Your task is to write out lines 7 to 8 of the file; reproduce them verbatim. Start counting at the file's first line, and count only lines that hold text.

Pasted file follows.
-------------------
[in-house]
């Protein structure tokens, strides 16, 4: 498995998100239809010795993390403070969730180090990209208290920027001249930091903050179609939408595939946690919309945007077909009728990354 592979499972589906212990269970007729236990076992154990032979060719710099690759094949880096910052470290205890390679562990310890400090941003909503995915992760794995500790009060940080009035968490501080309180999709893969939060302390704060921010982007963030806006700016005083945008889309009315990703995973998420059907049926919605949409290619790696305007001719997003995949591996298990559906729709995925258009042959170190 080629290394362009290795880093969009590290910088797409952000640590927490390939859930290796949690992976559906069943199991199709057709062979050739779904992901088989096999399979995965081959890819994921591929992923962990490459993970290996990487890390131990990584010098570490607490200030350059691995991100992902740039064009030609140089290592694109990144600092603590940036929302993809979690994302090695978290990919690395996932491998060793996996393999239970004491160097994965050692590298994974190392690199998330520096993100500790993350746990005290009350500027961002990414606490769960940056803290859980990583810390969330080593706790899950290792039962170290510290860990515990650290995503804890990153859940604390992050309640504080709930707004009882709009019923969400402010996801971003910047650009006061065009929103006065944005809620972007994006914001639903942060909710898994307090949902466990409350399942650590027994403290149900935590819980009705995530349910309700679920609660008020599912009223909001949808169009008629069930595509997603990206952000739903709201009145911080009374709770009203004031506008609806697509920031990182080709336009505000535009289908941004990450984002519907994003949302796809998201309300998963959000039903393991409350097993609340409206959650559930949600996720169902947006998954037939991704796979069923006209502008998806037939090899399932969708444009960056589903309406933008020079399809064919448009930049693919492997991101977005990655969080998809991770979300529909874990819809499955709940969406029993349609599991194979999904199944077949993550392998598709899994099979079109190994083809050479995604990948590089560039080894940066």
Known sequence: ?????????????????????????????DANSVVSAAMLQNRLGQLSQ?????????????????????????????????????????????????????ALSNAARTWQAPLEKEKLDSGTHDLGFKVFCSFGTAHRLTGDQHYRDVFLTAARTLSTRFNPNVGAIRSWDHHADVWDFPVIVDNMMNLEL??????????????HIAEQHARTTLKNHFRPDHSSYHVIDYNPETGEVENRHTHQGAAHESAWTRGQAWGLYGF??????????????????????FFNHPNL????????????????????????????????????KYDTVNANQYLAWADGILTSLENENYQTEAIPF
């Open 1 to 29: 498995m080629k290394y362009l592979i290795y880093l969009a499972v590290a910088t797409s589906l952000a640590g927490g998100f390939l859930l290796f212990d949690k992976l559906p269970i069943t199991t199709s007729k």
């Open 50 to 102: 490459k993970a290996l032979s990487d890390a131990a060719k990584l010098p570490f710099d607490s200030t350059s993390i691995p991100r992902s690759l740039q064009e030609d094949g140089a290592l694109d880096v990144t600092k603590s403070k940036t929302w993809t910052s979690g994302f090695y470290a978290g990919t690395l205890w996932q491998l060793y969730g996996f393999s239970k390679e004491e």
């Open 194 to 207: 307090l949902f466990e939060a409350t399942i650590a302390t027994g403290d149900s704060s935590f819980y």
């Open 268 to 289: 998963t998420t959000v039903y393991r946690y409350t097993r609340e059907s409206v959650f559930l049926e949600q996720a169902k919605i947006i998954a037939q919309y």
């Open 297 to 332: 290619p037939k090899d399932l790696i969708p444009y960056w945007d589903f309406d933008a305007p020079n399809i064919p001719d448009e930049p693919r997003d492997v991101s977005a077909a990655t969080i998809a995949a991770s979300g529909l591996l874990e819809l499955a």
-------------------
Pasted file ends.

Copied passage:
């Open 268 to 289: 998963t998420t959000v039903y393991r946690y409350t097993r609340e059907s409206v959650f559930l049926e949600q996720a169902k919605i947006i998954a037939q919309y």
């Open 297 to 332: 290619p037939k090899d399932l790696i969708p444009y960056w945007d589903f309406d933008a305007p020079n399809i064919p001719d448009e930049p693919r997003d492997v991101s977005a077909a990655t969080i998809a995949a991770s979300g529909l591996l874990e819809l499955a």